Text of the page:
Vaavud, a group founded by Danish inventors, friends, and kite surfers Thomas, Maria, and Andreas, unveiled a "revolutionary" method of wind-speed measurement in the age of smartphones and social networks. Their creation, though, is ironically low-tech, which makes most entry-level anemometers feel like a colossal waste of electronics, rare-Earth metals, and natural resources.
The Vaavud Wind-Speed Meter is little more than a 2-arm plastic impeller suspended on a bearing. It packs magnets, which spin along with the impeller, creating a magnetic field that the iPhone's magnetometer can detect. A software taking input from the magnetometer can then work out a wind-speed reading which is as accurate as commercially-available anemometers. The device can either be plugged into the 3.5 mm jack of your phone (only for anchorage, doesn't draw any power), or be held by hand, close enough to the iPhone.
It doesn't stop there. The software can, with your permission, access GPS, and send wind-speed data of your current location to social networks, over your phone's Internet connection. This way, you can give your fellow windsurfers, paragliders, kitesurfers, or RC aircraft buddies, a quick heads-up on wind-speed. Vaavud created working apps for both iOS and Android, so any handset with a magnetometer can use it. Notable handsets include iPhone 4 and above, and Galaxy S II, S III, and S IV.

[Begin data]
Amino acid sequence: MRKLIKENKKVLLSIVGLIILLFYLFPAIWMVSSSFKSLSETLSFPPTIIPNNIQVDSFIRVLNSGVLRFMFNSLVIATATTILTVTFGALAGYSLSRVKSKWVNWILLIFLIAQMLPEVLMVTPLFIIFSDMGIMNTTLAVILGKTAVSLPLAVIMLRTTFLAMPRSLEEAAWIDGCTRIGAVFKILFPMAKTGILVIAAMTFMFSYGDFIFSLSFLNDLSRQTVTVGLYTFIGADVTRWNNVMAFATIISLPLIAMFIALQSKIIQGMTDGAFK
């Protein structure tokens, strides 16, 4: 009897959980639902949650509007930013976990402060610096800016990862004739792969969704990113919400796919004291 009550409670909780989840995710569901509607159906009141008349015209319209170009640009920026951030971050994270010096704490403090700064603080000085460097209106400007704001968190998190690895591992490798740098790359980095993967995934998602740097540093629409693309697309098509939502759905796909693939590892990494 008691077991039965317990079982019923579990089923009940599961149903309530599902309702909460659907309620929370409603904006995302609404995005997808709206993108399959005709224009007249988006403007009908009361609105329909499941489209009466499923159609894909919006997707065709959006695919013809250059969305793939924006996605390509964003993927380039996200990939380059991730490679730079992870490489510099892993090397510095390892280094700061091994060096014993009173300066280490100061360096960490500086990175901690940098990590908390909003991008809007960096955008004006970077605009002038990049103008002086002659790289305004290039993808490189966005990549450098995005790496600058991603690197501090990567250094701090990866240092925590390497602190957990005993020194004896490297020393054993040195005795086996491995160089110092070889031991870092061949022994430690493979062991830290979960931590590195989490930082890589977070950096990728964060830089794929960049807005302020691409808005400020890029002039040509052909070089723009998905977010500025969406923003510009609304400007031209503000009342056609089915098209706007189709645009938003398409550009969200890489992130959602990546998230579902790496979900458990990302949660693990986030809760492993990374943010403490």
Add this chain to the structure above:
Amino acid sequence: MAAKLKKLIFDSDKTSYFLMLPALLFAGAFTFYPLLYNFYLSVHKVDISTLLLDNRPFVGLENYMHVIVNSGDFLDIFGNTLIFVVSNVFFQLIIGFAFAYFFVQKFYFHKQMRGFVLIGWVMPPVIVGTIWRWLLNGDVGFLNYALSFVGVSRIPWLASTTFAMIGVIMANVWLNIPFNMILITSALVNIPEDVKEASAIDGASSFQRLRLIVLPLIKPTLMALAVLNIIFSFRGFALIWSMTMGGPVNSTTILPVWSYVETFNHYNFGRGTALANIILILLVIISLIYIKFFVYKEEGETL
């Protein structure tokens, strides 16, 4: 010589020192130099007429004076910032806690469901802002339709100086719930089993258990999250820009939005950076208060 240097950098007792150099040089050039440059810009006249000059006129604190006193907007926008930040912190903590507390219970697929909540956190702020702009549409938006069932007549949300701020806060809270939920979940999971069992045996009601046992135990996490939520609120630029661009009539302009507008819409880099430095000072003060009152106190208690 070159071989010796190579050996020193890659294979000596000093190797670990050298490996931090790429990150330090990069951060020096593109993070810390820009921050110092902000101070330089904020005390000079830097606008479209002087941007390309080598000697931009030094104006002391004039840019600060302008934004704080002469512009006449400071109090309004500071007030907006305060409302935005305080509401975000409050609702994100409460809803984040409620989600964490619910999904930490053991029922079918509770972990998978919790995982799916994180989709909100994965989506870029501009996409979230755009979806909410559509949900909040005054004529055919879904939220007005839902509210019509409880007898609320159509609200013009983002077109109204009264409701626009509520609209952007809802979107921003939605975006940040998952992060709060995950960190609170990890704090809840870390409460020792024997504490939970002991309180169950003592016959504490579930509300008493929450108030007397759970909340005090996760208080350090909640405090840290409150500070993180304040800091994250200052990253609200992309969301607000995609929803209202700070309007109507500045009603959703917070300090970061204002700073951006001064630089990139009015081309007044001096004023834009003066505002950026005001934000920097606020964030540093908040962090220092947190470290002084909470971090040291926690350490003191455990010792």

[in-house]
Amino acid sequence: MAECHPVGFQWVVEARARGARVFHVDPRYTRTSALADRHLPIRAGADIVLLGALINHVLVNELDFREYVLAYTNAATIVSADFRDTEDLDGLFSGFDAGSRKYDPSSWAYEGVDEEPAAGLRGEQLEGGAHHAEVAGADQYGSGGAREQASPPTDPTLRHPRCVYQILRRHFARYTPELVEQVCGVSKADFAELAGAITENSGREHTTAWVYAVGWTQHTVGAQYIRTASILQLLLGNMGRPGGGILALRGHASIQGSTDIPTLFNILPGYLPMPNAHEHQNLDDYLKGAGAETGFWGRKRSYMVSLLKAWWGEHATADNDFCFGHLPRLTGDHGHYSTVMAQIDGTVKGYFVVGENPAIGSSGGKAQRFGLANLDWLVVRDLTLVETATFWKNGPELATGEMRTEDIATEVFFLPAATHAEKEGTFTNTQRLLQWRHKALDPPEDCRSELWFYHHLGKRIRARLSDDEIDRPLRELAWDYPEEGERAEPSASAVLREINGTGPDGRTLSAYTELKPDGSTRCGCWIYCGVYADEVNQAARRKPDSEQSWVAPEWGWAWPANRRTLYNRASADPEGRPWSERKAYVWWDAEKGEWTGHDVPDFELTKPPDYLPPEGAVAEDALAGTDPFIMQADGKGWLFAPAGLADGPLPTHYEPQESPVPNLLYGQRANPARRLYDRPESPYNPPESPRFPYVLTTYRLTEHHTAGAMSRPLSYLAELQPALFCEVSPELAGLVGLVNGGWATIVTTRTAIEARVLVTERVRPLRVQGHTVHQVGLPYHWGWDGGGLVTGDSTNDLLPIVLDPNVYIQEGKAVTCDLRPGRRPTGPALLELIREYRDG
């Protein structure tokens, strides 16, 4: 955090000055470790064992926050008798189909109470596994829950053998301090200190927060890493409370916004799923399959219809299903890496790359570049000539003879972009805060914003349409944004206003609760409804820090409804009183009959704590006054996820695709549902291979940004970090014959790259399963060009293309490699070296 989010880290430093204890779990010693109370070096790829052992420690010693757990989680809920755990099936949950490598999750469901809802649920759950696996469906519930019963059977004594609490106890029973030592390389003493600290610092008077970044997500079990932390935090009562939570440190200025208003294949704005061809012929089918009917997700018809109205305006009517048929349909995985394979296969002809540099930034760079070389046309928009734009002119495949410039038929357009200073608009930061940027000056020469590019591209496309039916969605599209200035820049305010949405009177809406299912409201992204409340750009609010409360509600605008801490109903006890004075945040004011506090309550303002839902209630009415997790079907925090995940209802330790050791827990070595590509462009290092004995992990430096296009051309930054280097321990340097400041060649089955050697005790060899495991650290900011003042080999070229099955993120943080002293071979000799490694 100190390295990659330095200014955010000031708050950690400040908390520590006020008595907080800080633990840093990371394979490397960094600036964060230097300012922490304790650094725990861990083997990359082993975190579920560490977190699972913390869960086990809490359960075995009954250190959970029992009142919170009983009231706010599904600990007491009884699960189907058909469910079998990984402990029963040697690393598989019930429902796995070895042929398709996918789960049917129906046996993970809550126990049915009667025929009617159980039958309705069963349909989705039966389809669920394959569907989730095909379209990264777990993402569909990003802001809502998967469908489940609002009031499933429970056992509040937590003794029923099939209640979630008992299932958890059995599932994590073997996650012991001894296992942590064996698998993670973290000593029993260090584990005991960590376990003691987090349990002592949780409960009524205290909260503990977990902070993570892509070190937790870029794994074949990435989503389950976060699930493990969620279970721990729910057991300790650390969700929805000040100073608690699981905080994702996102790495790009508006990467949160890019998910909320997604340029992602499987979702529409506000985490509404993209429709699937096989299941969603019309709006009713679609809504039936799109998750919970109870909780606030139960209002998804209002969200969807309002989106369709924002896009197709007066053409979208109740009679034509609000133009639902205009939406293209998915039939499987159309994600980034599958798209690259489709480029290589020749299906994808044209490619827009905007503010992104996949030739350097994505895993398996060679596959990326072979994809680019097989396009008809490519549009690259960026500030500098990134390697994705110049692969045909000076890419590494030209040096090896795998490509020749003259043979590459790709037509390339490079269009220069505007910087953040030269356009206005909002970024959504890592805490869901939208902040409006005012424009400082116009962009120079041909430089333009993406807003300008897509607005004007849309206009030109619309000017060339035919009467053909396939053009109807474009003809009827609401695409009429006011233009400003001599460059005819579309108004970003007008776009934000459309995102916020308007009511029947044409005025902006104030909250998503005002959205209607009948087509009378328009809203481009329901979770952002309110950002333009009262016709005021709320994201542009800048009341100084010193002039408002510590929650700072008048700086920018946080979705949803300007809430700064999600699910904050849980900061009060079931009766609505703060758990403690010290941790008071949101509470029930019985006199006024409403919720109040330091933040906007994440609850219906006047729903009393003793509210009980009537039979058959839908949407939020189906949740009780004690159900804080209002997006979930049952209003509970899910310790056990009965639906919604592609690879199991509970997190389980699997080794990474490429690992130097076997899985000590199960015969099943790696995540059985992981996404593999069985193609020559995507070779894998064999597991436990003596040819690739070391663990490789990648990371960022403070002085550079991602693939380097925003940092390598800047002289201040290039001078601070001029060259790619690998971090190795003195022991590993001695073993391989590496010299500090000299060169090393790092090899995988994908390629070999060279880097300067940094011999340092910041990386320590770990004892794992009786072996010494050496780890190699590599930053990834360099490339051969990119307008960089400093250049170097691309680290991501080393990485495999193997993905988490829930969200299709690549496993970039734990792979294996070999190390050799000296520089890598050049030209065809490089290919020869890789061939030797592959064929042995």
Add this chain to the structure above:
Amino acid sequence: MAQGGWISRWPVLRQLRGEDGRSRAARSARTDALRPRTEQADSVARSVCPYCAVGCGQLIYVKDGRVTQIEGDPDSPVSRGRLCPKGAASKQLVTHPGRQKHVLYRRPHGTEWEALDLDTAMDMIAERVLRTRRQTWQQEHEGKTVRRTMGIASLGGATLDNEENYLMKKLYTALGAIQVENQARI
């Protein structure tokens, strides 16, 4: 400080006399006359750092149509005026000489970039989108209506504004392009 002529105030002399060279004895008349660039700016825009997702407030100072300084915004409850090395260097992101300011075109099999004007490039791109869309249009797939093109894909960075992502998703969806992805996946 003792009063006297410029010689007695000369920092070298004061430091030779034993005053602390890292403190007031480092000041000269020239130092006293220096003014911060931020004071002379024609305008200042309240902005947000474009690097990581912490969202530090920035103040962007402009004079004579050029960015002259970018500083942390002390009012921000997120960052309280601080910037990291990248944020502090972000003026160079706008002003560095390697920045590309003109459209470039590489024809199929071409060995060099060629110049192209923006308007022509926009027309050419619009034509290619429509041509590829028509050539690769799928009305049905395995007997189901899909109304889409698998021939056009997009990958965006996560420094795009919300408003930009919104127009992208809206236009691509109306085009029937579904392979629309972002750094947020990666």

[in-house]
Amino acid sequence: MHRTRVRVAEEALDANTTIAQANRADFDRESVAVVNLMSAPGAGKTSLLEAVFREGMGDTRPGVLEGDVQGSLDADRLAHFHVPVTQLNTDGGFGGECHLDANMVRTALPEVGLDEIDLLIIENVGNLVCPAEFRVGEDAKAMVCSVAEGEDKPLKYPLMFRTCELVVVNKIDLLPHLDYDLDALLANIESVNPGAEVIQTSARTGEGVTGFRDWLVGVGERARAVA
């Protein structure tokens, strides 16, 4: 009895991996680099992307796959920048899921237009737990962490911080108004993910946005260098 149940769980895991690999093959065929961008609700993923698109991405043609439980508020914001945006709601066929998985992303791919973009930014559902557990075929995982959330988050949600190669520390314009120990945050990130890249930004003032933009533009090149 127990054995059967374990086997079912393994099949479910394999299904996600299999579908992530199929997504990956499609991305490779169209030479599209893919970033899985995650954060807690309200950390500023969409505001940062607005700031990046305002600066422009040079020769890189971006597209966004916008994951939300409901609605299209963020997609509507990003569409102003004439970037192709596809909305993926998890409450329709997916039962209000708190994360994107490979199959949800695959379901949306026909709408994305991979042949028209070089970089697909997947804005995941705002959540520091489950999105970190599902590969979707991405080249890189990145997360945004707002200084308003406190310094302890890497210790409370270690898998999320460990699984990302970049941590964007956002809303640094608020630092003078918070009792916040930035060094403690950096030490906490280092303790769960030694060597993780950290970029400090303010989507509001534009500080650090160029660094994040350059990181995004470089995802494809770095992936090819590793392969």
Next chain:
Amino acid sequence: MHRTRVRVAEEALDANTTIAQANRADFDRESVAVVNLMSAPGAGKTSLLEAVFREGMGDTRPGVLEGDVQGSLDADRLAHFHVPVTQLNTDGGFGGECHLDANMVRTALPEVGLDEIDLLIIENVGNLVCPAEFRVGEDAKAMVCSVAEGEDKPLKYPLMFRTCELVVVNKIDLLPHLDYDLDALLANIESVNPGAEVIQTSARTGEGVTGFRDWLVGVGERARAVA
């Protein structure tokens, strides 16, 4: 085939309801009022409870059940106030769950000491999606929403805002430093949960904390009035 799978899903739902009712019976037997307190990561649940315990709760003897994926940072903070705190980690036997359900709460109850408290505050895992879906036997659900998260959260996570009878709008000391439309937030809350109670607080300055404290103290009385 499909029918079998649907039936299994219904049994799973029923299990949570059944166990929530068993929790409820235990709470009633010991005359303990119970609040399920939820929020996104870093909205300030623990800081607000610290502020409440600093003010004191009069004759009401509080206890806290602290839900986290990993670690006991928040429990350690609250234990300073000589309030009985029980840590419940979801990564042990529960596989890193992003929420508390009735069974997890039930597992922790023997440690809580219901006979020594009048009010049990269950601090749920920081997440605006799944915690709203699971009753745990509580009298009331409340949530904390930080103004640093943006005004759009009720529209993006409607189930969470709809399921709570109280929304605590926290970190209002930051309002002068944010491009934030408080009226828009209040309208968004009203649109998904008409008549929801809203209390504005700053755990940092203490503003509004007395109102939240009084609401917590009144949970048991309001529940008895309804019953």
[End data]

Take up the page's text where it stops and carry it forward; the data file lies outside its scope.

The Vaavud Wind-Speed Meter looks simple to make and sell, but needs funding to become a mass product. The trio started a Kickstarter campaign to raise cash. You can drop in as little as a Quid before the campaign ends, 33 days from now. Pledging £20 or more gets you a chance to win one of these devices.